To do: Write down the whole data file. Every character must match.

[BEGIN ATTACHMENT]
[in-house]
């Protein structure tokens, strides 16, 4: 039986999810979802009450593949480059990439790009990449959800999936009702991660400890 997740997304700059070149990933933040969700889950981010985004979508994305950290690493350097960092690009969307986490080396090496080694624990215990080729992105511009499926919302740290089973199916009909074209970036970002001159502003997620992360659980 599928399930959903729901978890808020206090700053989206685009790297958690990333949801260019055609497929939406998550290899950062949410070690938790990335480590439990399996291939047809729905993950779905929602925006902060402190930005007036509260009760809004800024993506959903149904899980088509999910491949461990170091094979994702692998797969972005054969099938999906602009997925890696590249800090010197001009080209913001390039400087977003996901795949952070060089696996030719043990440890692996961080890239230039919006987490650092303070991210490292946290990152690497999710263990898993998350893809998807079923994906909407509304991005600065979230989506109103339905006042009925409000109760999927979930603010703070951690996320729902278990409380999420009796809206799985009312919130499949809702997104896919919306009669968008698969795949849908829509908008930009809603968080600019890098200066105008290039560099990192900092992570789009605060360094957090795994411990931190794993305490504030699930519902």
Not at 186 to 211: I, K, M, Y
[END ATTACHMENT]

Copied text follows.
[in-house]
């Protein structure tokens, strides 16, 4: 039986999810979802009450593949480059990439790009990449959800999936009702991660400890 997740997304700059070149990933933040969700889950981010985004979508994305950290690493350097960092690009969307986490080396090496080694624990215990080729992105511009499926919302740290089973199916009909074209970036970002001159502003997620992360659980 599928399930959903729901978890808020206090700053989206685009790297958690990333949801260019055609497929939406998550290899950062949410070690938790990335480590439990399996291939047809729905993950779905929602925006902060402190930005007036509260009760809004800024993506959903149904899980088509999910491949461990170091094979994702692998797969972005054969099938999906602009997925890696590249800090010197001009080209913001390039400087977003996901795949952070060089696996030719043990440890692996961080890239230039919006987490650092303070991210490292946290990152690497999710263990898993998350893809998807079923994906909407509304991005600065979230989506109103339905006042009925409000109760999927979930603010703070951690996320729902278990409380999420009796809206799985009312919130499949809702997104896919919306009669968008698969795949849908829509908008930009809603968080600019890098200066105008290039560099990192900092992570789009605060360094957090795994411990931190794993305490504030699930519902």
Not at 186 to 211: I, K, M, Y